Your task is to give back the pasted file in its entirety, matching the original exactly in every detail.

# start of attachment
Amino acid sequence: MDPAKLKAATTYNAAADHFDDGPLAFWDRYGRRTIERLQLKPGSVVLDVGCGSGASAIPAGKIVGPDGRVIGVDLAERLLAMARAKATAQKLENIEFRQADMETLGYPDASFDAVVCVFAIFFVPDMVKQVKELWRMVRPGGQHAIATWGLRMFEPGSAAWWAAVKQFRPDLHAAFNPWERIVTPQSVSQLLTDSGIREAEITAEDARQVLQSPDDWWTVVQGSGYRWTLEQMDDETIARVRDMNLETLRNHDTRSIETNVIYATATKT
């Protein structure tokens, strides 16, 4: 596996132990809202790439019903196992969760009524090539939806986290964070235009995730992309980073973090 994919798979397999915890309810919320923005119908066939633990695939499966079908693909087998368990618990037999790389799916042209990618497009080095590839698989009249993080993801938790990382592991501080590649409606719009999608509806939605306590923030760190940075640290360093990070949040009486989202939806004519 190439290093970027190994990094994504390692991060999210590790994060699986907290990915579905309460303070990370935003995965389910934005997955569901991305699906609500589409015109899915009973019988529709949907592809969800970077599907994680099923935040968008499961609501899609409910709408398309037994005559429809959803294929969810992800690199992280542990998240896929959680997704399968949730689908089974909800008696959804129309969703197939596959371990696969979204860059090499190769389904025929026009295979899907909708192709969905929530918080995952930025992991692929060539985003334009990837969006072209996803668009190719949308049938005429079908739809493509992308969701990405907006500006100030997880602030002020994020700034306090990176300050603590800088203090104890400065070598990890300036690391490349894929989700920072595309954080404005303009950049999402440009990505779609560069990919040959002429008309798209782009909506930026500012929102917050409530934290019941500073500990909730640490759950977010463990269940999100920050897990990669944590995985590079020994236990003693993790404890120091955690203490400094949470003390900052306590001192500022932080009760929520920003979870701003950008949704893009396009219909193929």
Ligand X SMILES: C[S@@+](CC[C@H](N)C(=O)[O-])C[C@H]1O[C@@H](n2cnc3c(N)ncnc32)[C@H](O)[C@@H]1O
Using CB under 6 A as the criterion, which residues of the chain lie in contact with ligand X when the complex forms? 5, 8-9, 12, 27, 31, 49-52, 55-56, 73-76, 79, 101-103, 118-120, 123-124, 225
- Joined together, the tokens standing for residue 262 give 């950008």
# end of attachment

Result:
Amino acid sequence: MDPAKLKAATTYNAAADHFDDGPLAFWDRYGRRTIERLQLKPGSVVLDVGCGSGASAIPAGKIVGPDGRVIGVDLAERLLAMARAKATAQKLENIEFRQADMETLGYPDASFDAVVCVFAIFFVPDMVKQVKELWRMVRPGGQHAIATWGLRMFEPGSAAWWAAVKQFRPDLHAAFNPWERIVTPQSVSQLLTDSGIREAEITAEDARQVLQSPDDWWTVVQGSGYRWTLEQMDDETIARVRDMNLETLRNHDTRSIETNVIYATATKT
């Protein structure tokens, strides 16, 4: 596996132990809202790439019903196992969760009524090539939806986290964070235009995730992309980073973090 994919798979397999915890309810919320923005119908066939633990695939499966079908693909087998368990618990037999790389799916042209990618497009080095590839698989009249993080993801938790990382592991501080590649409606719009999608509806939605306590923030760190940075640290360093990070949040009486989202939806004519 190439290093970027190994990094994504390692991060999210590790994060699986907290990915579905309460303070990370935003995965389910934005997955569901991305699906609500589409015109899915009973019988529709949907592809969800970077599907994680099923935040968008499961609501899609409910709408398309037994005559429809959803294929969810992800690199992280542990998240896929959680997704399968949730689908089974909800008696959804129309969703197939596959371990696969979204860059090499190769389904025929026009295979899907909708192709969905929530918080995952930025992991692929060539985003334009990837969006072209996803668009190719949308049938005429079908739809493509992308969701990405907006500006100030997880602030002020994020700034306090990176300050603590800088203090104890400065070598990890300036690391490349894929989700920072595309954080404005303009950049999402440009990505779609560069990919040959002429008309798209782009909506930026500012929102917050409530934290019941500073500990909730640490759950977010463990269940999100920050897990990669944590995985590079020994236990003693993790404890120091955690203490400094949470003390900052306590001192500022932080009760929520920003979870701003950008949704893009396009219909193929």
Ligand X SMILES: C[S@@+](CC[C@H](N)C(=O)[O-])C[C@H]1O[C@@H](n2cnc3c(N)ncnc32)[C@H](O)[C@@H]1O
Using CB under 6 A as the criterion, which residues of the chain lie in contact with ligand X when the complex forms? 5, 8-9, 12, 27, 31, 49-52, 55-56, 73-76, 79, 101-103, 118-120, 123-124, 225
- Joined together, the tokens standing for residue 262 give 């950008």